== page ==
There are costs involved in managing a legal entity and you need capacity for admin, accounting, etc. Still need to pay a fiscal sponsorship fee.
Another 501(c)(3) model A Fiscal Sponsor
There are many options for fiscal sponsorship with different services or strengths than OCF.
Most charge higher fees, and virtually none offer the transparency and the online platform OCF offers.
Form your own 501(c)(3)
No need for fiscal sponsorship, set your own policies and mission.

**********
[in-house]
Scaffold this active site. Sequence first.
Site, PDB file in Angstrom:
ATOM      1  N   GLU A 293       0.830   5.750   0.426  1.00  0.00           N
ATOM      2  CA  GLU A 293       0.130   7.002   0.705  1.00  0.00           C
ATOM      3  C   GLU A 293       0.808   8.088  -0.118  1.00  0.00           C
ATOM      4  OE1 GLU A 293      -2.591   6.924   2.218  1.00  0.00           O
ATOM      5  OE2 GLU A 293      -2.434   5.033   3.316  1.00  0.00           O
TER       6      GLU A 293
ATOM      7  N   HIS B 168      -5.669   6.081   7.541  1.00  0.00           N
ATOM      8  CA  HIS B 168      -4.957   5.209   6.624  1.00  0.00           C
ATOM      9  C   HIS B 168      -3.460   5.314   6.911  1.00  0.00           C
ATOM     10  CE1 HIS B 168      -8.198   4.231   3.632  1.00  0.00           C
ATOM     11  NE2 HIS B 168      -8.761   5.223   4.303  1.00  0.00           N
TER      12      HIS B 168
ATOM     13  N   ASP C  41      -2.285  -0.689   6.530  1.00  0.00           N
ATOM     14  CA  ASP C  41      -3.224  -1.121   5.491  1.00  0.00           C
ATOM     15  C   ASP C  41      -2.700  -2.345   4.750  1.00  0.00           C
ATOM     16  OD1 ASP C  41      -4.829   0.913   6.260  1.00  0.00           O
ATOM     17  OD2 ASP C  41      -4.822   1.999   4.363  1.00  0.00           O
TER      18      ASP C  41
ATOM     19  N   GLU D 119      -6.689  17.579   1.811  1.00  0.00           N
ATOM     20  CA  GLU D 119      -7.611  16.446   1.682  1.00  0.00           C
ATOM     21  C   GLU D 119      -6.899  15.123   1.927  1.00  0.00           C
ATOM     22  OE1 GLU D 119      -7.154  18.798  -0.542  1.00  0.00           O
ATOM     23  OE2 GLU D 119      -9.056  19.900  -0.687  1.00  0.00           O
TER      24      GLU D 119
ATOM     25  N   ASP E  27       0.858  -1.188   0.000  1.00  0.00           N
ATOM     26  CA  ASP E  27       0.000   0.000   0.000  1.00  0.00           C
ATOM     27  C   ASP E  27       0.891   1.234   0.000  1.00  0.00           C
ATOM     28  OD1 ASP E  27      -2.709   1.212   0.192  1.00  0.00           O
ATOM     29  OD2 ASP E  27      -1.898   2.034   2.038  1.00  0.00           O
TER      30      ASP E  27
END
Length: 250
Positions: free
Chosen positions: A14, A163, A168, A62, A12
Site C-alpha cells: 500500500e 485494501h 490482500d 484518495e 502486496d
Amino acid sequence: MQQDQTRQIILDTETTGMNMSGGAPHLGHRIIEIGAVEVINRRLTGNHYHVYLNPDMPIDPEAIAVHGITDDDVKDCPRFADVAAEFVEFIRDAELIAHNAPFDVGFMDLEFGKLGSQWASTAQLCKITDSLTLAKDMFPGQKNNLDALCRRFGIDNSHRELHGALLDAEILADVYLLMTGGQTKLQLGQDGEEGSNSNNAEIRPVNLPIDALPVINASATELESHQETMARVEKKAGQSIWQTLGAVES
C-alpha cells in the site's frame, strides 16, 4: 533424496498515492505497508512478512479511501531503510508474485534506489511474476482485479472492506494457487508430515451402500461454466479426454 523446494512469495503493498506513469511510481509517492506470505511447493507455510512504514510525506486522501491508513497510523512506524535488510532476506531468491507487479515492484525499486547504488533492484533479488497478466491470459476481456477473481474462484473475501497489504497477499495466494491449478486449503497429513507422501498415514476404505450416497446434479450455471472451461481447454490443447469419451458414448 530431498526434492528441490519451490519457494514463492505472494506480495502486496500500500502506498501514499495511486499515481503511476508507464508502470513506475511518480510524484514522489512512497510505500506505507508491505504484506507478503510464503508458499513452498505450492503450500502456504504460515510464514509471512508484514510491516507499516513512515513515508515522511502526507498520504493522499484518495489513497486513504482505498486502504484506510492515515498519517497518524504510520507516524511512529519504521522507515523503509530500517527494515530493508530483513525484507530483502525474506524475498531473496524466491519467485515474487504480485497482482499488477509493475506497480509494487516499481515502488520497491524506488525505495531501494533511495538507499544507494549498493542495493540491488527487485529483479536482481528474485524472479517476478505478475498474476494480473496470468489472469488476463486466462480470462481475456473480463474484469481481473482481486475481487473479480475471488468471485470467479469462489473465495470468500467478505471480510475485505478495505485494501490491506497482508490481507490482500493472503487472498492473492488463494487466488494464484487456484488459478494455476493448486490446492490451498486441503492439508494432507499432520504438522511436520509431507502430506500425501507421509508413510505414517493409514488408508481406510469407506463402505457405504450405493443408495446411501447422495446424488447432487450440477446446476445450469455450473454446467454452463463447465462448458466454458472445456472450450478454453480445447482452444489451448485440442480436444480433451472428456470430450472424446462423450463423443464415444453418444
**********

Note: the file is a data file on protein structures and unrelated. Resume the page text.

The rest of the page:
There can be a large cost in time and money to set up a 501(c)(3), plus ongoing compliance, IRS reporting, audits, etc.
Incorporate as another type of legal entity
Many options and full flexibility and control of your structure.
No access to 501(c)(3) status, which is required for some grants and donations. There are still costs involved in running an entity.
No formal entity
Can't set up a bank account for your project, may run into issues with taxes, lack of infrastructure and systems.